How to choose a bodyboard

How to choose a bodyboard

Like regular surf boards available on the market, bodyboards come in different shapes and sizes depending on the performance you are after, or your body type. Even if it looks cool, it doesn’t mean that it fits you and it might  bring you only misery once you hit the waves.

Your board is like an extension of your body when you are out on the water and will help you develop as a rider. If your board comes with everything you need, it can be the best friend you ever had in the water.

Here is a short guide on how you can choose the perfect bodyboard for you:

  • When choosing a body board, you have to consider the size of the board. A board’s height and weight will play a crucial role in the performance of the board once you are in the water and if it’s shorter in one way, it will prevent you from moving around in the water. When you shop for a bodyboard, measure it from your knees to your chin. If you are heavy, choose a board which comes with an extra width so it is easier to keep your balance
  • If this is your first time buying a bodyboard, don’t go immediately to the top-of-the-line model because it won’t make your ride any different. Learn the features of your board and ask the advice of your friends, pros, or even the sales staff regarding the different boards available and their features
  • It is also important to make sure the core of your bodyboard will be able to withstand any wave and help you develop as a rider. If you choose the wrong core, there is a tendency your board will not go the way you want it to. Experiment with both types of boards and pick the one which feels natural to you. Bodyboard makers often use two types of foam: polyethylene and polypropylene.
  • Polyethylene or PE foams are often used in bodyboards because it provides the flexibility and control riders need. It is also more suited to use in colder waters and won’t break easily
  • Polypropylene or PP foams are good for bodyboards used in warmer waters and for those looking for a lighter board. Since it is lighter, it is faster to control and gains speed easily. Some PP boards can even recover their old shape, adding more to its lifespan. If you would like to try using PP boards in colder waters, there is a tendency the ride will be uncontrollable, so it is not recommended for new users.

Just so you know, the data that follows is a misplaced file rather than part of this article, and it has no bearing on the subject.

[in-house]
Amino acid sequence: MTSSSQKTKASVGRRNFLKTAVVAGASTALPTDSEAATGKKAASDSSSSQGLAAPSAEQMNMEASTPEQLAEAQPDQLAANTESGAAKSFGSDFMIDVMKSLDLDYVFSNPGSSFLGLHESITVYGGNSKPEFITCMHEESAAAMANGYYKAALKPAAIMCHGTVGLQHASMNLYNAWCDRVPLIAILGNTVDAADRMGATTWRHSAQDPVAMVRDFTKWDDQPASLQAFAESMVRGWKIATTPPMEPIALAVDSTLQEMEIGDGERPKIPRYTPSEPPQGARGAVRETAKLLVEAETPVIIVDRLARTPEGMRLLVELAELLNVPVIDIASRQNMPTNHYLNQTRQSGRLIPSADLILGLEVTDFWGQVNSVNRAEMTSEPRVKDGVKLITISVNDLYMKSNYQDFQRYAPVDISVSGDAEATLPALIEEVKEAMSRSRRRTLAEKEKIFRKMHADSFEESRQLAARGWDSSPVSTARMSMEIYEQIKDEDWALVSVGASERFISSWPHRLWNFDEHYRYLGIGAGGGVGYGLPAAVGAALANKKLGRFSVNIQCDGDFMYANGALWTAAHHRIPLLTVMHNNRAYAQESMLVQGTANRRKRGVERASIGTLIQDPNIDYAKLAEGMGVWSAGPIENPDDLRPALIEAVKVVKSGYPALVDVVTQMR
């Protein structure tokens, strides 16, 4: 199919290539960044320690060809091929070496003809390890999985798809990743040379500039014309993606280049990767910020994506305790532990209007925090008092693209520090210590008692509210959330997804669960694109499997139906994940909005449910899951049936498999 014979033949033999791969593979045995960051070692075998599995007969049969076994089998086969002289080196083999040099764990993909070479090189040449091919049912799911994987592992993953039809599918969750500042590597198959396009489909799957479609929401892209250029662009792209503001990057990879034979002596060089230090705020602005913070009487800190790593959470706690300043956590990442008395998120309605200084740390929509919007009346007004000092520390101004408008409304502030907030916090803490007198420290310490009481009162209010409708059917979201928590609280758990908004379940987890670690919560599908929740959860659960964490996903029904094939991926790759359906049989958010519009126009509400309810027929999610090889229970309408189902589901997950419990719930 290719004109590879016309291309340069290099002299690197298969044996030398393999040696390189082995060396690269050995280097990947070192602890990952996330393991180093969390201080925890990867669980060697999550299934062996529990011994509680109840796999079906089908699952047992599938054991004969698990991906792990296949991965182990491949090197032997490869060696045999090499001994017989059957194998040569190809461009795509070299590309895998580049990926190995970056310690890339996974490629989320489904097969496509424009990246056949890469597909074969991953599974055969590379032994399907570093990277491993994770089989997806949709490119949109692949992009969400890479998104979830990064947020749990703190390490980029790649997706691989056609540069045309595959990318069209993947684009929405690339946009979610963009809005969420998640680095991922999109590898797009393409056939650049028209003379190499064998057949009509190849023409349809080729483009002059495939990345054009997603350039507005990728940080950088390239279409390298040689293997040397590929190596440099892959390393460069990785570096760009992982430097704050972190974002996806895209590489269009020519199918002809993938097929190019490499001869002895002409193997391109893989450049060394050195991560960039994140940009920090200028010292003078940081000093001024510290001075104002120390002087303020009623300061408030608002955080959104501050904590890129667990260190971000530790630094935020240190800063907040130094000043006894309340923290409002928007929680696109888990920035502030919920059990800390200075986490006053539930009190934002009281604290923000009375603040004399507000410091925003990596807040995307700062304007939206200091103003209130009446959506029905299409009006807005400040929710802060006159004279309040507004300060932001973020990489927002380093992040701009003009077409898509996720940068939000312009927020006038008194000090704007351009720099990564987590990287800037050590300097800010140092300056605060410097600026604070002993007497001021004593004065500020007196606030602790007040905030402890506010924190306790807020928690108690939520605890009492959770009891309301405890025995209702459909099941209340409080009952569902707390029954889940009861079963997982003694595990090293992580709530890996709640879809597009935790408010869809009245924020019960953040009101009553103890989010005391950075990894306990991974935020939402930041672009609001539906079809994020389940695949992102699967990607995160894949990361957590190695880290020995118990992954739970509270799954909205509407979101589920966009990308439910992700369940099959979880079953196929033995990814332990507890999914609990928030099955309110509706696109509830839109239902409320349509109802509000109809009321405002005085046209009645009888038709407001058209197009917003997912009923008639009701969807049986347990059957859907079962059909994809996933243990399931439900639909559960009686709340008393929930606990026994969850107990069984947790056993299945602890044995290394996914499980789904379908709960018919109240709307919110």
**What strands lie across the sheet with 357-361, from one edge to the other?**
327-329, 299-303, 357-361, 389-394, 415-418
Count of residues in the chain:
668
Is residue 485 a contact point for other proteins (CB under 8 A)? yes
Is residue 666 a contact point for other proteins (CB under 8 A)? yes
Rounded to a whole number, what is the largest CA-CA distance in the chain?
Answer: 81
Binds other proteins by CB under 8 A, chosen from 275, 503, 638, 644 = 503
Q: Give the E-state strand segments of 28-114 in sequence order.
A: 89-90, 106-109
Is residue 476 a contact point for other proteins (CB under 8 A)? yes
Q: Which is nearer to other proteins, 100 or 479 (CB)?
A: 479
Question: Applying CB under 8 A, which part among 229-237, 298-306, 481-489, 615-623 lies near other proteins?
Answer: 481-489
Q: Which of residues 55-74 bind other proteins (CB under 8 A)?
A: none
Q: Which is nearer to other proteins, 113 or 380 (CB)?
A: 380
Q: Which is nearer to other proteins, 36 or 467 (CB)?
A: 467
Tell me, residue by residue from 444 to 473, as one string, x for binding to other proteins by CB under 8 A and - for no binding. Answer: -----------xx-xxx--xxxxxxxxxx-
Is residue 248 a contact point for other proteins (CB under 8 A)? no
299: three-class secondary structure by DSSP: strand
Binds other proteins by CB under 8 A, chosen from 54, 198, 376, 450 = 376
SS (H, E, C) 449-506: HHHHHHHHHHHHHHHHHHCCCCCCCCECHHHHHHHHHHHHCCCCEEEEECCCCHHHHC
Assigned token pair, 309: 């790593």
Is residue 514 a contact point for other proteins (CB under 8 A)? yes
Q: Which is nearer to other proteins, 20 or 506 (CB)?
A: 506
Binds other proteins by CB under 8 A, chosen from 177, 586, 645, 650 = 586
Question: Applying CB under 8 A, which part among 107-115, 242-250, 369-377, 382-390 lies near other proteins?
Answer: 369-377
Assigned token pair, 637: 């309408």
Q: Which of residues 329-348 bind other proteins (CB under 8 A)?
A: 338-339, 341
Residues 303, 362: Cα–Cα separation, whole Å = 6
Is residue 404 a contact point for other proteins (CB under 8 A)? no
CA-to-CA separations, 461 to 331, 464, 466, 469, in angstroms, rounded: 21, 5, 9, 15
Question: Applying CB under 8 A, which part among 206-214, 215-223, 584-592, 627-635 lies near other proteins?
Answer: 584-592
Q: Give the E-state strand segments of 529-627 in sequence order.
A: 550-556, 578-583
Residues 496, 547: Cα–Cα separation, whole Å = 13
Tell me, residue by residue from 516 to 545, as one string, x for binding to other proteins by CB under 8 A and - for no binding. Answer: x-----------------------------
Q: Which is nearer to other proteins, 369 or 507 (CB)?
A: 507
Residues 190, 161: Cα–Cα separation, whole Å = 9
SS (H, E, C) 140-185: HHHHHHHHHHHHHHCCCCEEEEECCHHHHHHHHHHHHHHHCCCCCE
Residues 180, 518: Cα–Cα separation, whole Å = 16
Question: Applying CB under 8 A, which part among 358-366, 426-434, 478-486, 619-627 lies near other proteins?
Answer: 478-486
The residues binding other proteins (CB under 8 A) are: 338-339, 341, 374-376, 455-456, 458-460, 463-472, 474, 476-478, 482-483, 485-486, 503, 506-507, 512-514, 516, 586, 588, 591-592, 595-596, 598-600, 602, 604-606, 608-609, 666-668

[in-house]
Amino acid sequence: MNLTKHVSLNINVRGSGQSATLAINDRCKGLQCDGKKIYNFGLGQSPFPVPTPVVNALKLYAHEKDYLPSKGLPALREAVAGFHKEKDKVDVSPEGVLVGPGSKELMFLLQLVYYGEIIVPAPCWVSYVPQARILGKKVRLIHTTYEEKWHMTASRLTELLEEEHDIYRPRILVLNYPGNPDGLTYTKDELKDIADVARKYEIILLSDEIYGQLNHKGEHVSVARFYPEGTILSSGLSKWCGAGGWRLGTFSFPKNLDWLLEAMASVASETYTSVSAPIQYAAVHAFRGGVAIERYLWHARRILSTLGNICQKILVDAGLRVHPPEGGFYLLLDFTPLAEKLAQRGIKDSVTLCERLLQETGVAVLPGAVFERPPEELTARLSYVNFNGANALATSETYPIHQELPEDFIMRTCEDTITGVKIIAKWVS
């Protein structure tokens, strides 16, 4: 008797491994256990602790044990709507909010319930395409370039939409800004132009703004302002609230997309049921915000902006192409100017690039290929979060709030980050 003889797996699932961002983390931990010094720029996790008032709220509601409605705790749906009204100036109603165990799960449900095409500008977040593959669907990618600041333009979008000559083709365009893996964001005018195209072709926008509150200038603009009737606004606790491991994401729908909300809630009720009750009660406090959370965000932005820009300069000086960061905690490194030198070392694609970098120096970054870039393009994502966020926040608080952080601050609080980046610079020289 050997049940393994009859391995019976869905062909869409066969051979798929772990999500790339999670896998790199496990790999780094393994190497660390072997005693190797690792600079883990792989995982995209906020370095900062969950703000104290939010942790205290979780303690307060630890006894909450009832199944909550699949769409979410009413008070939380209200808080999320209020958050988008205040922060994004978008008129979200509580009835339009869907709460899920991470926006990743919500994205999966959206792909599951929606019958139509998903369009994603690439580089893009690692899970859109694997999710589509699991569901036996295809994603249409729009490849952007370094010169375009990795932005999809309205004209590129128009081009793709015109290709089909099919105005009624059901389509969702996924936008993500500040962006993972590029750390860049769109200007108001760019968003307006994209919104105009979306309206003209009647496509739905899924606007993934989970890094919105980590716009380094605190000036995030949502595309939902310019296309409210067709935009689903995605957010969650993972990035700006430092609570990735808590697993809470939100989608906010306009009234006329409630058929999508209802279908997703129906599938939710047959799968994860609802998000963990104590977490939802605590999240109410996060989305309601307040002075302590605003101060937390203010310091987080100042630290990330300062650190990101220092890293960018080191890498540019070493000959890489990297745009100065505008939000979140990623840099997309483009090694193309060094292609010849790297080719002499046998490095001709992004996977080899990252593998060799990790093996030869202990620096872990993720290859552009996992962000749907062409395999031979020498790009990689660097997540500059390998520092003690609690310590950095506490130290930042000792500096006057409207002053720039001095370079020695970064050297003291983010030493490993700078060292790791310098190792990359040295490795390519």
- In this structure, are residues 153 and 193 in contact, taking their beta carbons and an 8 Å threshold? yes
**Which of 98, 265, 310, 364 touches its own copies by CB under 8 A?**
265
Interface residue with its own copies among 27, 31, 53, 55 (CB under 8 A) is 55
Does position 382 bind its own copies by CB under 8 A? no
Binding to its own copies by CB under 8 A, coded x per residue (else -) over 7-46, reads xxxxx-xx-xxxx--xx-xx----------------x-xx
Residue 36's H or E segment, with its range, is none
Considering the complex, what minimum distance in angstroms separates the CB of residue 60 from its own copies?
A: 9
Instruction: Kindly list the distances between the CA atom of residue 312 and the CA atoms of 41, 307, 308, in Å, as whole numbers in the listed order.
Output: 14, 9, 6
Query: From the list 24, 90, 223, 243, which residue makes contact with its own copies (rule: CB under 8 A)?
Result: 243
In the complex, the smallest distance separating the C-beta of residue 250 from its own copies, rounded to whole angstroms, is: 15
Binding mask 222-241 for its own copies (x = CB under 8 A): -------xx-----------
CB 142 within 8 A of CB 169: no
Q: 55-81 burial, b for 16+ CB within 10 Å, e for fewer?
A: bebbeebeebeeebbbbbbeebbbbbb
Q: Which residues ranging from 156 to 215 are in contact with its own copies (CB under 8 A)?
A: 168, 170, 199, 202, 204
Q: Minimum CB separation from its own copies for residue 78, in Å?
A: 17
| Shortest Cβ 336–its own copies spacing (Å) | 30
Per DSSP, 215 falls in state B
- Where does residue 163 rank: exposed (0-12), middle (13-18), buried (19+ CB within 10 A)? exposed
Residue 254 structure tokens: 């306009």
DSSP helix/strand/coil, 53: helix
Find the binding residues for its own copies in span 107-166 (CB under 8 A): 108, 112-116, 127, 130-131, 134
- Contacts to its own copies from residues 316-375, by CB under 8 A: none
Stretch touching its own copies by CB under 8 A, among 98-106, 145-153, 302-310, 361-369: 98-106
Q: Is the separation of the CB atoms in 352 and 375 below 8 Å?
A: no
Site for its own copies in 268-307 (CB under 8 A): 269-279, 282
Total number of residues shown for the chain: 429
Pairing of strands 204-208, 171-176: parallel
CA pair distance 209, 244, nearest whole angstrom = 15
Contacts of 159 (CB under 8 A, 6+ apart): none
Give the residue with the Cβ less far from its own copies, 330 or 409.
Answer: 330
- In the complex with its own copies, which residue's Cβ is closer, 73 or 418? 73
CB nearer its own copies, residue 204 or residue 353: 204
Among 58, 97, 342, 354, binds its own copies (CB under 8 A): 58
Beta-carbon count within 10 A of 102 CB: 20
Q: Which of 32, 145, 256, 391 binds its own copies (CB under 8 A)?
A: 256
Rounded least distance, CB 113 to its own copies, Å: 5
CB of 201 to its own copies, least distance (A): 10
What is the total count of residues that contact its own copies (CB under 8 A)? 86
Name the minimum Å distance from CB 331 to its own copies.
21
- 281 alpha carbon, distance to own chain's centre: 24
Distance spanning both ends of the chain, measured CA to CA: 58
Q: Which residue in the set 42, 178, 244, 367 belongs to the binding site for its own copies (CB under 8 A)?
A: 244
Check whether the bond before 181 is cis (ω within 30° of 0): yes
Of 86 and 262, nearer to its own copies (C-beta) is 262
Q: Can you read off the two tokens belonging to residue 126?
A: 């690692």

• The tail of your bodyboard must also be considered because it ensures that you can direct your board easily and execute different maneuvers. There are four types of tails used in bodyboards: narrow, wide, crescent and bat.
  • Narrow tails provide riders the ease to change through moves since they are not as buoyant as wider tails
  • Wider tails provide stability as users glide through the water
  • Crescent tails provide users more edge in the water and control once the board gains speed
  • Bat tails provide more drive for the rider and surface area to work with

Aside from these basic parts of a bodyboard that must be considered, you can also check out the other features of the bodyboard to help you choose.

Deck

What kind of deck material was used for the board? Normal decks come with 8 lbs. of PE material to provide flexibility. However, it can easily become worn out as time passes.

A crosslink can be a good alternative if you want a durable and cheaper deck.

Contours

Does the board have extra grooves that would help with control, grip and speed? Get a board with contours, especially if you are a new rider or if you ride larger waves which can get tricky to ride.

Slicks

What is the material of your bodyboard’s slicks or bottom? This is the part of the bodyboard that touches the water as you ride along. You can choose from either Surlyn slicks or HDPE slicks when choosing your bodyboard.

Surlyn slicks are durable and prevent the development of creases that create drag. HDPE slicks are good for new riders as they are lighter and requires lesser pressure.

Channels

This part is located at the bottom of the slick and works similarly to a fin found on a surfboard. With this part in place, it helps the rider control and move the board through the water.

Check if the board’s channel has a concave style as this will help you move easier and gain the speed necessary for the wave you are facing.

Nose

This part is very important when it comes to moving your bodyboard and keeping your balance. Consider your riding style when choosing a bodyboard because if you select a bodyboard which has a wider size than normal, it may affect your ride and speed.